Jeff is the founder and CEO of Animikii and two-time IBA alumnus. He is Ojibwe and Métis, originally from Manitoba, and now lives and works in Victoria, BC on Lekwungen territory.

Leah practises Indigenous Law with Miller Titerle + Company in Vancouver and is a member and past Chief of the Tsleil-Waututh Nation. When she was Chief, Leah received IBA recognition on behalf of community-owned businesses in Tsleil-Waututh. Currently, pursuing a Master of Laws at UVIC, Leah is also an elected Co-Chair of the First Nations Summit, a Director on the Land Advisory Board and an appointed member of the First Nations Health Council.

The IBA program is presented by BC Achievement in partnership with the Ministry of Indigenous Relations and Reconciliation, and is generously supported by: Title Sponsor – TD Bank Group; Presenting Sponsor – Teck; Category Sponsors – BC Hydro, BC Transit, CN, Enbridge, New Relationship Trust, Ovintiv Inc., Seaspan Shipyards and Vancity; Supporting Sponsors – ANTCO, FASKEN, FortisBC, Shaw Business and Vancouver Fraser Port Authority; and Media Sponsors – BIV, CFNR, First Nations Drum, Frog Radio, Global TV and Stir Magazine.

BC Achievement is an independent foundation established in 2003 to celebrate community service, arts, humanities and enterprise.

2021 Indigenous Business Awardees

Young Entrepreneur of the Year:
Elijah Mack-Stirling – Kekuli Cafe Merritt

Business of the Year – one-to-two person enterprise:
Sisters Sage, Vancouver

Business of the Year – three-to-ten person enterprise:
Indigenous Corporate Training Inc., Port Coquitlam

Business of the Year – 11+ person enterprise:
Tsawwassen Shuttles Inc., Tsawwassen

Community-Owned Business of the Year – one entity:
Thunderbird RV Park & Cottage Resort, Campbell River

Community-Owned Business of the Year – two or more entities:
Gitmaxmak‘ay Nisga’a Economic Development Corporation, Prince Rupert

Business Partnership of the Year:
Salish Seas LP, North Vancouver

Award of Distinction for Lifetime Achievement:
Ken Cameron, Moberly Lake

Detailed information about the award and a list of past awardees is posted on the foundation’s website.

Contact:
Cathryn Wilson, Executive Director
BC Achievement
[email protected] | 604.306.1026

2021 Indigenous Business Awardees

Young Entrepreneur of the Year:
Elijah Mack-Stirling – Kekuli Cafe Merritt

In 2018 Elijah Mack-Stirling, just 22 years old, fulfilled his dream by becoming an entrepreneur and the very first Kekuli Cafe franchise owner. With its official slogan, “Don’t panic… we have bannock,” Kekuli Cafe Merritt is listed as one of the best places to eat in town. Kekuli Cafe Merritt provides a traditional Indigenous ambience with light pow wow music and First Nations art while reflecting the owners’ passion for cooking and creating a space where all are welcomed and acknowledged. Kekuli Cafe Merritt offers employees flexible schedules and encourages them to pursue opportunities to develop their talents and skills. With a focus on community service, Kekuli Cafe Merritt opens its doors to patrons for a free breakfast and dinner on Christmas Day and donates to local groups, homeless shelters, and sporting organizations through the friendship centre movement.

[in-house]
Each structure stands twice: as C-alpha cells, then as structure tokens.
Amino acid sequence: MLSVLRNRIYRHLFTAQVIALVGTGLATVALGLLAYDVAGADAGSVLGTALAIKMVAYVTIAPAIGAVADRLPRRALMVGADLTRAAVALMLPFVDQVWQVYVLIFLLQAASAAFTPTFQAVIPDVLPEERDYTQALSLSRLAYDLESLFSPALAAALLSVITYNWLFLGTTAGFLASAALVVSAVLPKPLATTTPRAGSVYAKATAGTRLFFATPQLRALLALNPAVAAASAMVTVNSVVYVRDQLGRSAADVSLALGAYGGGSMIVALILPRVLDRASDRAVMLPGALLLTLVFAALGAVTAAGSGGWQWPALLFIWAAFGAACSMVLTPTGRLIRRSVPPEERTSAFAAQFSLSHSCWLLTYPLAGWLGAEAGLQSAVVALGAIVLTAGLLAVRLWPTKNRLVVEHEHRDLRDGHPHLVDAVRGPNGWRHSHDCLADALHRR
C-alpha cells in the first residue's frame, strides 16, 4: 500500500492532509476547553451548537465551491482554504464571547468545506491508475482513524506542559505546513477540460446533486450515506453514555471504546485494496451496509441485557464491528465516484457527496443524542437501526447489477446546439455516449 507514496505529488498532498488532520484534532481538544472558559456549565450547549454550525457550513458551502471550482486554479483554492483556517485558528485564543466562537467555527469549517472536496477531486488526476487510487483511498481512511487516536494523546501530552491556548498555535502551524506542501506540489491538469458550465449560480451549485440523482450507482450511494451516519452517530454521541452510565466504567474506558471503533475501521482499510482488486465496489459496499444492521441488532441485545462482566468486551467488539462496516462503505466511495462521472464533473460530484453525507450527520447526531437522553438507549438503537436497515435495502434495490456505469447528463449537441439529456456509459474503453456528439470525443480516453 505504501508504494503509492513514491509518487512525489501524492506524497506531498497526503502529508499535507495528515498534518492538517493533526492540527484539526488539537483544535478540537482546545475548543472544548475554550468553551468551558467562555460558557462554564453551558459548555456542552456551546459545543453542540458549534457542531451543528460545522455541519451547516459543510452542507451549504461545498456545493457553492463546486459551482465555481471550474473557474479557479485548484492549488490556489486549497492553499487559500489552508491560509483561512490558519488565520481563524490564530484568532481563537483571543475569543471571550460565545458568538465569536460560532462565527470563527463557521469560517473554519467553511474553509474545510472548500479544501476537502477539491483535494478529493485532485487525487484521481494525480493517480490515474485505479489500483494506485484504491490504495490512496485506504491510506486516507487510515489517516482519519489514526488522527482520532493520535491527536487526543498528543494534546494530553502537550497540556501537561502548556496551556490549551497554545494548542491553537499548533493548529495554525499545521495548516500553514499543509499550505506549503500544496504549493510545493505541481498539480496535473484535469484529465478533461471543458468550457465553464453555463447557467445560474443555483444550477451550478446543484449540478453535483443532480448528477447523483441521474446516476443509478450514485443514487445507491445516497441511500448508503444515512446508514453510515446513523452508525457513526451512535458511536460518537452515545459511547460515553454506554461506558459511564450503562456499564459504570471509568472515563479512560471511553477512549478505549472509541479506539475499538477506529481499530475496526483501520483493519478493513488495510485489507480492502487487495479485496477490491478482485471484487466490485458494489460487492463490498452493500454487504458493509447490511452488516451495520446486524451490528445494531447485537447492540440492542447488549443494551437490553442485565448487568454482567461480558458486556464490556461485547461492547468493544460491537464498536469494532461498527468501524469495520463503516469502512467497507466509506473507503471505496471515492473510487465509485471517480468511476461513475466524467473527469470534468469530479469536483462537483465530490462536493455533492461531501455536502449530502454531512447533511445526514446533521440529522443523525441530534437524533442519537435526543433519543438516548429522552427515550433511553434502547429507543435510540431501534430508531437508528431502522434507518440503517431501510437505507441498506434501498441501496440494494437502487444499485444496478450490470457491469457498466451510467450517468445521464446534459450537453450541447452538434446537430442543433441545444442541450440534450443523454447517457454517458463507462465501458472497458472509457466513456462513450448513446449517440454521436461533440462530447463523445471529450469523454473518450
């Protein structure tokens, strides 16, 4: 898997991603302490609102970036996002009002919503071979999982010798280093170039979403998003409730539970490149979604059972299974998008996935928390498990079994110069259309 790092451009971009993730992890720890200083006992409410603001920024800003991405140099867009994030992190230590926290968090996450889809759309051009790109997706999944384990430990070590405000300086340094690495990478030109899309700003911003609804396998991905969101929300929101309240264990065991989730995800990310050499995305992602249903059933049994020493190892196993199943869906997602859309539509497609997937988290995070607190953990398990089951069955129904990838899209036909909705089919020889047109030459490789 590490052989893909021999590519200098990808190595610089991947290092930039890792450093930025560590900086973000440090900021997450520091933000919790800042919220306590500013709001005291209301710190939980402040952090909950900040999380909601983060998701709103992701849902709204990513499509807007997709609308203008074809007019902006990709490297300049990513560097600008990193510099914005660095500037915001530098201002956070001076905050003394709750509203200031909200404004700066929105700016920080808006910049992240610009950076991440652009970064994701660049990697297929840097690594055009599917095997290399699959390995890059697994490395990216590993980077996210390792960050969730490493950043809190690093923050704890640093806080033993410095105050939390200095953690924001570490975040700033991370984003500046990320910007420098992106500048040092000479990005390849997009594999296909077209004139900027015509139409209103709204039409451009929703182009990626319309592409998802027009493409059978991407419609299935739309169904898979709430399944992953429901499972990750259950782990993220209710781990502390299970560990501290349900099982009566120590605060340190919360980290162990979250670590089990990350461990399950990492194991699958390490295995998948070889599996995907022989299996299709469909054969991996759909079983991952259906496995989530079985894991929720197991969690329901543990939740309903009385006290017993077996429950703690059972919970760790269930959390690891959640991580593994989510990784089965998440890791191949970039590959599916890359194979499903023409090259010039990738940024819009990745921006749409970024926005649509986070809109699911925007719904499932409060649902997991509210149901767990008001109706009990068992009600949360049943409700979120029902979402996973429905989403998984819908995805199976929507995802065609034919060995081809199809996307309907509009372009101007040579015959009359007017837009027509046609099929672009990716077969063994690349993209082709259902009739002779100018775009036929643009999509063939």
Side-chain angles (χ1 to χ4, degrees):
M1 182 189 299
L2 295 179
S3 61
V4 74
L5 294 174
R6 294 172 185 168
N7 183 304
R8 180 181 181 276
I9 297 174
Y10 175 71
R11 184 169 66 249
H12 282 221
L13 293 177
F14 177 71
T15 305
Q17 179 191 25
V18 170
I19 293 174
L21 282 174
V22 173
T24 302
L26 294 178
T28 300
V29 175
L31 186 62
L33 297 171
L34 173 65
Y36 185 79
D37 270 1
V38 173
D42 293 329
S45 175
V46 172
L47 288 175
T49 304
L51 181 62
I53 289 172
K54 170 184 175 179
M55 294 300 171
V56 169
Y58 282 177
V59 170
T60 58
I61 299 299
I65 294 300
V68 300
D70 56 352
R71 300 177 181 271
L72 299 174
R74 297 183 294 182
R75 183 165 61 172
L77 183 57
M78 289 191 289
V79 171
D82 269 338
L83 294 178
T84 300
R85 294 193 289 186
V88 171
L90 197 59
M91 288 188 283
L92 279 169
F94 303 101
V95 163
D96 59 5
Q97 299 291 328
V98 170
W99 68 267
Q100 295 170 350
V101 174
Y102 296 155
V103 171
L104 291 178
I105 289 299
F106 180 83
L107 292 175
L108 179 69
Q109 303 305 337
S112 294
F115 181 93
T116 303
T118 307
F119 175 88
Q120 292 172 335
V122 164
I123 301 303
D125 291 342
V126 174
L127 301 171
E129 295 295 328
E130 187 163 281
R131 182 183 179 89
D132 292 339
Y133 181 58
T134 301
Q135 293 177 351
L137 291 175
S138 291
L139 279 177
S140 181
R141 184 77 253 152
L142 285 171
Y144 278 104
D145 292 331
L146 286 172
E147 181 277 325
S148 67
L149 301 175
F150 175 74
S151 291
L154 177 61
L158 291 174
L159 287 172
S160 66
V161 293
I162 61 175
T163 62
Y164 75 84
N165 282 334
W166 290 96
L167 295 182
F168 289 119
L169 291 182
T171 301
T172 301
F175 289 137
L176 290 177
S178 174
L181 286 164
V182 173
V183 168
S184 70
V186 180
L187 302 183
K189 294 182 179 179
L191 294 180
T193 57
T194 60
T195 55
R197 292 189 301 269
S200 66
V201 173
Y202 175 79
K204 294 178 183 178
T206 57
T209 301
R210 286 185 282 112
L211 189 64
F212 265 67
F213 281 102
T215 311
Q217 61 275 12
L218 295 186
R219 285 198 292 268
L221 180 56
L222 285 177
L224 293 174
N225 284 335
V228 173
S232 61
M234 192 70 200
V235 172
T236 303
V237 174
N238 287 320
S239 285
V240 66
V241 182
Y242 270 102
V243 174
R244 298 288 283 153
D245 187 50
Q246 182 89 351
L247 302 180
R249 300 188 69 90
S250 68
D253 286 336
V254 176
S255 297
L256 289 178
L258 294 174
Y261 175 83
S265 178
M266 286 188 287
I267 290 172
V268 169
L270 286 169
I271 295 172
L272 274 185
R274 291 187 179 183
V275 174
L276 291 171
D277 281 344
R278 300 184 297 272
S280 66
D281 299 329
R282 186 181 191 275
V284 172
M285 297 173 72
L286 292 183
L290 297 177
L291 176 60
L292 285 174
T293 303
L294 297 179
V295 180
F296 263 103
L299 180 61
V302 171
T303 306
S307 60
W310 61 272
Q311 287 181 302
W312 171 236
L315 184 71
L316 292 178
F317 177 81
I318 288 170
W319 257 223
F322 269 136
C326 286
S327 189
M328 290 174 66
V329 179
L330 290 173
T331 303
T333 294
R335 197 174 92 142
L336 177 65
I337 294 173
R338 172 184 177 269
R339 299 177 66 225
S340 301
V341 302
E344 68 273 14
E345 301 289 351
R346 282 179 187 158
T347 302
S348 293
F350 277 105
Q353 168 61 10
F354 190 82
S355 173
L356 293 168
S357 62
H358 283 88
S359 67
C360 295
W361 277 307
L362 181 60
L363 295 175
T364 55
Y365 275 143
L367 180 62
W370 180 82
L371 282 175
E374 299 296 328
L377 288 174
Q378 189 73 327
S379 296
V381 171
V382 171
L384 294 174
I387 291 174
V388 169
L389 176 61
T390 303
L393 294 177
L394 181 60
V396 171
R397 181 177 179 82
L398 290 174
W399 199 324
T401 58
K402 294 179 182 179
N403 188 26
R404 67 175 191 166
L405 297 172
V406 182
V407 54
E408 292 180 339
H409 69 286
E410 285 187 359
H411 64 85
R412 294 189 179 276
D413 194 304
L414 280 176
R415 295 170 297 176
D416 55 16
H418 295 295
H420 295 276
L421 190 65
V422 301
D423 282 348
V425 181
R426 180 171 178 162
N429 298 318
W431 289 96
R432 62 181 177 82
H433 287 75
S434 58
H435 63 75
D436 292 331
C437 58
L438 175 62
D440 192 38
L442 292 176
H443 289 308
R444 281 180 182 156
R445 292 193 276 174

Business of the Year – one-to-two person enterprise:
Sisters Sage, Vancouver

Sisters Sage is an Indigenous brand that handcrafts wellness and self-care products inspired by the owners’ culture and traditions. Founders, Lynn-Marie and Melissa Rae Angus, believe strongly in building community, honouring culture, respecting the land, and amplifying the voices of other Indigenous entrepreneurs. Their homemade soaps, bath bombs, salves, and smokeless smudge sprays pay homage to their ancestral teachings and combine traditional with non-traditional scents while promoting environmental sustainability. Sisters Sage donates its products, time, and money, to the Downtown Eastside Women’s Centre, WISH, UNYA, and Vancouver’s Overdose Prevention Site DTES. The sisters ran a successful fundraiser this summer providing over 70 back to school backpacks full of school supplies to inner city Indigenous youth returning to school. Their success and visibility empower people who are eager to connect and identify with a meaningful brand. Hardworking and dedicated to economic reconciliation, Sisters Sage is a story of resilience, which expresses pride in their Indigenous roots, a love for the land, for what they do and for the products they create.  

Business of the Year – three-to-ten person enterprise:
Indigenous Corporate Training Inc., Port Coquitlam

Indigenous Corporate Training Inc. (ICT) “provides training to get everyone Working Effectively with Indigenous Peoples® in their day-to-day jobs and lives.” ICT does this by facilitating a safe training environment for learners to acquire the knowledge, skills, and attitudes required to be effective. Founded in 2002 by K’axwsumala’galis – Bob Joseph, Jr., ICT shares knowledge and information through its many training courses, Indigenous Relations Academy, blog, Indigenous Relations Bulletin e-newsletter, and many other free tools and resources with the purpose to make the world a better place for Indigenous and non-Indigenous people alike. ICT helps thousands of people and organizations every year build informed, effective, and respectful relationships with Indigenous Peoples and communities. 

Business of the Year – 11+ person enterprise:
Tsawwassen Shuttles Inc., Tsawwassen